Dhirendra Kumar of Valueresearch just nails it with this piece.
He says like cricket commentators who try and show their expertise with empty talk, same applies to stock market commentator as well:
On social media, there is an entire subgenre of jokes about the cliche-heavy commentary that a certain well-known cricket commentator delivers. There are lists of some ten to fifteen phrases, which are said to make up almost everything that he says. There is even a downloadable sheet of the Bingo game, with each of his favourite phrases in a square. Presumably, his fans print these out and as he says something like ‘that went like a tracer bullet’ or ‘all three results are possible’, they cross out the square of that phrase.
However, cricket and cricket commentators are far from being the only guilty parties when it comes to creating commentary out of a stream of cliched phrases. When a cricket commentator says something like ‘the batting side will be looking to make runs and the opposition will be looking to take wickets’, then the statement is at least factually correct.
However, no such limitation appears to hold back the stream of cliches that makes up news and views about the financial markets. The other day, I came across a list of such cliches that are incessantly used by everyone who talks or writes in the media about stocks in the US. I realised that while some of those were universal and also used in India, there was some more that were unique to India.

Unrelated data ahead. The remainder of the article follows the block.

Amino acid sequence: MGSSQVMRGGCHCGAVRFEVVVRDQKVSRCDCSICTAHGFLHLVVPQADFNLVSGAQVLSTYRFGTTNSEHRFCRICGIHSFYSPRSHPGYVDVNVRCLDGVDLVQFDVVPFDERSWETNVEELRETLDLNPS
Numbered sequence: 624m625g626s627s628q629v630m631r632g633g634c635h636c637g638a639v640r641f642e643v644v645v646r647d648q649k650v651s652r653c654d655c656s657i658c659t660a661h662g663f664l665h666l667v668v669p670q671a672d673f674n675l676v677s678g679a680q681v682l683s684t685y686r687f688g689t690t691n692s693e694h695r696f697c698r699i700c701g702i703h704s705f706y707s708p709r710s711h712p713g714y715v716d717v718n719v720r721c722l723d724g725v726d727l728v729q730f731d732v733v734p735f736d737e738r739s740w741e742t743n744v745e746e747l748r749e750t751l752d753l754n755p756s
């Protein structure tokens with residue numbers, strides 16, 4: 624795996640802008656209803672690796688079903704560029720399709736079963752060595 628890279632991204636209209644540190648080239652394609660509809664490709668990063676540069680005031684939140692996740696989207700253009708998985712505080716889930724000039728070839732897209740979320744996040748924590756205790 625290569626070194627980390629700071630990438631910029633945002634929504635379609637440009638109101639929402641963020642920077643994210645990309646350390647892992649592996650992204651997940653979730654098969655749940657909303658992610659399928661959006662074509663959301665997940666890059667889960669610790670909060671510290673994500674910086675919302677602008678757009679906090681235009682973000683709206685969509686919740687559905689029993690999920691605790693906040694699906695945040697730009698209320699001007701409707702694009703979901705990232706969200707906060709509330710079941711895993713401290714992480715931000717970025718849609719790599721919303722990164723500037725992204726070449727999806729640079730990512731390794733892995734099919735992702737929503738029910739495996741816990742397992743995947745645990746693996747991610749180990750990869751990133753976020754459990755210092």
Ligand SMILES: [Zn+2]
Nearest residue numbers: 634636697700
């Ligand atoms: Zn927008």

So here’s my list of meaningless cliches that are used by investment analysts when they are talking about the equities. But first, an obvious mea culpa–I find that I have either used, or accepted as meaningful almost all of them.
The list is:
- There’s a x per cent probability of the markets rising
- The easy money has been made
- I’m a bottom up investor / I’m a stock picker
- Markets are down because of profit taking
- More buyers than sellers
The last one just nails it. 🙂
There has been an explosion in cricket commentary and analysis. In earlier cricket matches, you were lucky to have one commentator. This grew to two and now there are three. There is pre-match analysis, toss analysis, pitch analysis, lunch break analysis, tea time analysis and post match obviously. Then there is late evening entire day analysis. This is followed by entire match analysis followed by series analysis. If India in involved the series always are billed as some revenge series and there is this feeling of a war around the corner.
Similarly, we have for stocks. There is analysis every second, then at the middle of the day, followed by a wrapping in the evening. Late night sums up what went up and down. Then there is monthly data, quarterly results, mid-year review and then the annual one.
In both cricket and stocks, one has to appear as intelligent and keep coming out with newer ways/adjectives to dissect the game. Much of it is over the top and most of the time people go wrong. But despite that craze for expert views keeps going and becoming larger with each cricket series and new financial year.